14 Facts About Apuleius


Apuleius was a Numidian Latin-language prose writer, Platonist philosopher and rhetorician.


Apuleius was born in the Roman province of Numidia, in the Berber city of Madauros, modern-day M'Daourouch, Algeria.


Apuleius studied Platonism in Athens, travelled to Italy, Asia Minor, and Egypt, and was an initiate in several cults or mysteries.


Apuleius declaimed and then distributed his own defense before the proconsul and a court of magistrates convened in Sabratha, near Oea.


Apuleius's father was a municipal magistrate who bequeathed at his death the sum of nearly two million sesterces to his two sons.


Apuleius studied with a master at Carthage and later at Athens, where he studied Platonist philosophy among other subjects.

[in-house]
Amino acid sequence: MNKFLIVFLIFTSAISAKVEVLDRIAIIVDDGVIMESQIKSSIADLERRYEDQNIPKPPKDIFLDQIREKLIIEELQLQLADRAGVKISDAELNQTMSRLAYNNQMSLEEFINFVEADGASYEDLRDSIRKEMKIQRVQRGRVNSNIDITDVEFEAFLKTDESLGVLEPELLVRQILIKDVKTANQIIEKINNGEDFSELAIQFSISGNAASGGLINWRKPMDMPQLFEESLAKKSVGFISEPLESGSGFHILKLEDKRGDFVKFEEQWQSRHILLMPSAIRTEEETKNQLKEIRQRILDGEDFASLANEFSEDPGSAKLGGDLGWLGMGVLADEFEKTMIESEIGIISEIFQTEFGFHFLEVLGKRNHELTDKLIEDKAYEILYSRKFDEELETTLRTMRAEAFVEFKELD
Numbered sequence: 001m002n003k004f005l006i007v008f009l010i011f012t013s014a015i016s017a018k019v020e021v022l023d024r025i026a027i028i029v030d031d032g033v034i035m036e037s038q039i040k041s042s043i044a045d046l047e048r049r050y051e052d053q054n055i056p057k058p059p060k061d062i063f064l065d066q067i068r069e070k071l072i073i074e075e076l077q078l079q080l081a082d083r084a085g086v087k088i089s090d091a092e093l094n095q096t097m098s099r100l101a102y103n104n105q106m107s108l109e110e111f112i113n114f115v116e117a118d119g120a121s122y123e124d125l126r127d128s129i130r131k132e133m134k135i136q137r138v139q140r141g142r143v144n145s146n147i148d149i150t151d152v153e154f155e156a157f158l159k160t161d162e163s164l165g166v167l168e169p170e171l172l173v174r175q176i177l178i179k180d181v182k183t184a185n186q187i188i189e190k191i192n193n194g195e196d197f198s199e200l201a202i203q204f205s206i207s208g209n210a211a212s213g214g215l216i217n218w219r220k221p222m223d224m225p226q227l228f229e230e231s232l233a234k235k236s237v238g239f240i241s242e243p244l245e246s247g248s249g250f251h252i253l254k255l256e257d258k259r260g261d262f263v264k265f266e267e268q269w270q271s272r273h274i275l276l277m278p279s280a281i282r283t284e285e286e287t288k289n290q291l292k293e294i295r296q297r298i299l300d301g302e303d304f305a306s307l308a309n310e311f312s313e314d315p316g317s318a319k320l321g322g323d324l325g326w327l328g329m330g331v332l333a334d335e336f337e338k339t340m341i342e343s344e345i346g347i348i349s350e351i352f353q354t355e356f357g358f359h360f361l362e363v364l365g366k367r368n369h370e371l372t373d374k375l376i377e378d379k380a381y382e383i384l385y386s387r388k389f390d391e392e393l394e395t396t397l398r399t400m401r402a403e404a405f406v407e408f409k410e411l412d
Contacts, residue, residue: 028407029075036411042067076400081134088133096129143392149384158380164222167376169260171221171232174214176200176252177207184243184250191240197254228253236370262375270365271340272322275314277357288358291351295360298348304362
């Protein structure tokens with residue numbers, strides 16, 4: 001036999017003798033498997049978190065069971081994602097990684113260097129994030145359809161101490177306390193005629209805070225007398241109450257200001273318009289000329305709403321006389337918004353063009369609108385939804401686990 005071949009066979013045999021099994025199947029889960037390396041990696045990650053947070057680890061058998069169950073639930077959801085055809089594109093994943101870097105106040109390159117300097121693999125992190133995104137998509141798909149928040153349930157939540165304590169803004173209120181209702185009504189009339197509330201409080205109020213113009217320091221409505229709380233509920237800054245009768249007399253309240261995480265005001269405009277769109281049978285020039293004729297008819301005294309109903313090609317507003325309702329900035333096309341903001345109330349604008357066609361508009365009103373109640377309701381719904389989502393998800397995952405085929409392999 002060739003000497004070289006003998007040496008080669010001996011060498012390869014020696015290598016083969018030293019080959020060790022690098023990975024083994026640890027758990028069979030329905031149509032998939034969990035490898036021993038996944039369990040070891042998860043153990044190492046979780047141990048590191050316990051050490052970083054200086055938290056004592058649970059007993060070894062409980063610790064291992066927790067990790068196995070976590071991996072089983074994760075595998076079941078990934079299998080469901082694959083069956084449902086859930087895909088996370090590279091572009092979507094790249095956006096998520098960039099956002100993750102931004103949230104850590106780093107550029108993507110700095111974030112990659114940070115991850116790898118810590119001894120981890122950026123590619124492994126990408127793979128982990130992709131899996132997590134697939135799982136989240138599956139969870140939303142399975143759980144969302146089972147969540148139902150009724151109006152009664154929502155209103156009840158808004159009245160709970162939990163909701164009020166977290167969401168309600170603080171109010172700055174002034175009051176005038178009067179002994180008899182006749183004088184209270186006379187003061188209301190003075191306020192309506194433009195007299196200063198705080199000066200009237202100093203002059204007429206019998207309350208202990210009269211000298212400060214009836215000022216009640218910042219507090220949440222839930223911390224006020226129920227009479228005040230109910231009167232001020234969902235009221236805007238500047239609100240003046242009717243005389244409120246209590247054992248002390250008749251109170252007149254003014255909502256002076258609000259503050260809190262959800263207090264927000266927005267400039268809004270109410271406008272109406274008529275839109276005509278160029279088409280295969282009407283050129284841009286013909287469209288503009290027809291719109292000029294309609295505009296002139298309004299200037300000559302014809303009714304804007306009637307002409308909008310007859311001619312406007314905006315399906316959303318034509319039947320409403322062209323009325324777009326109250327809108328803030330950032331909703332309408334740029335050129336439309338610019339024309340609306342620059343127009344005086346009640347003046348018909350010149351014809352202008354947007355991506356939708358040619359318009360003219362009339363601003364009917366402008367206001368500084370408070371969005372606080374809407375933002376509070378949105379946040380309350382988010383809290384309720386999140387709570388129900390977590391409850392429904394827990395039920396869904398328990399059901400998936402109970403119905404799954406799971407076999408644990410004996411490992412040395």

Apuleius subsequently went to Rome to study Latin rhetoric and, most likely, to speak in the law courts for a time before returning to his native North Africa.


Apuleius travelled extensively in Asia Minor and Egypt, studying philosophy and religion, burning up his inheritance while doing so.


Apuleius was an initiate in several Greco-Roman mysteries, including the Dionysian Mysteries.


The accusation itself seems to have been ridiculous, and the spirited and triumphant defence spoken by Apuleius is still extant.


Apuleius accused an extravagant personal enemy of turning his house into a brothel and prostituting his own wife.


Apuleius occasionally gave speeches in public to great reception; he had the charge of exhibiting gladiatorial shows and wild beast events in the province, and statues were erected in his honour by the senate of Carthage and of other senates.


The date, place and circumstances of Apuleius' death are not known.


Apuleius wrote works of poetry and fiction, as well as technical treatises on politics, dendrology, agriculture, medicine, natural history, astronomy, music, and arithmetic, and he translated Plato's Phaedo.